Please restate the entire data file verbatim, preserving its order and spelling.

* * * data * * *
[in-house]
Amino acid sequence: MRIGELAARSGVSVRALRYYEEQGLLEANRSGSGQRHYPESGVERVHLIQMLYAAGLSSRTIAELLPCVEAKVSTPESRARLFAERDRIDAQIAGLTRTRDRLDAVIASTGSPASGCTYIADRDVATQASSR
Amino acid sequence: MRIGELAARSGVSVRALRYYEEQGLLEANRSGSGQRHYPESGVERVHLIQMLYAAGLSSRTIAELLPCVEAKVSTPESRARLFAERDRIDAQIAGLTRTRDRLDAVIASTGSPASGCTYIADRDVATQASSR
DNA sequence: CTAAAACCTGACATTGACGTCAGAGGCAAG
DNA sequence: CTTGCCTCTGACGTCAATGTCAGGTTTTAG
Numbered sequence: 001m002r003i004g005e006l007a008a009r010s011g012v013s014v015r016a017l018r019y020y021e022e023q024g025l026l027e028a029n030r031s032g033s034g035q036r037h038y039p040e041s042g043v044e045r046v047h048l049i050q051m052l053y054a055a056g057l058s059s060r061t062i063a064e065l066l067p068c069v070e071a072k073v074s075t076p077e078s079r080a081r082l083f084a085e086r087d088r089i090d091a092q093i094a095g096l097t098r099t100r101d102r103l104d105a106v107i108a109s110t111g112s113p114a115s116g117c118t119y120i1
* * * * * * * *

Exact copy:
[in-house]
Amino acid sequence: MRIGELAARSGVSVRALRYYEEQGLLEANRSGSGQRHYPESGVERVHLIQMLYAAGLSSRTIAELLPCVEAKVSTPESRARLFAERDRIDAQIAGLTRTRDRLDAVIASTGSPASGCTYIADRDVATQASSR
Amino acid sequence: MRIGELAARSGVSVRALRYYEEQGLLEANRSGSGQRHYPESGVERVHLIQMLYAAGLSSRTIAELLPCVEAKVSTPESRARLFAERDRIDAQIAGLTRTRDRLDAVIASTGSPASGCTYIADRDVATQASSR
DNA sequence: CTAAAACCTGACATTGACGTCAGAGGCAAG
DNA sequence: CTTGCCTCTGACGTCAATGTCAGGTTTTAG
Numbered sequence: 001m002r003i004g005e006l007a008a009r010s011g012v013s014v015r016a017l018r019y020y021e022e023q024g025l026l027e028a029n030r031s032g033s034g035q036r037h038y039p040e041s042g043v044e045r046v047h048l049i050q051m052l053y054a055a056g057l058s059s060r061t062i063a064e065l066l067p068c069v070e071a072k073v074s075t076p077e078s079r080a081r082l083f084a085e086r087d088r089i090d091a092q093i094a095g096l097t098r099t100r101d102r103l104d105a106v107i108a109s110t111g112s113p114a115s116g117c118t119y120i1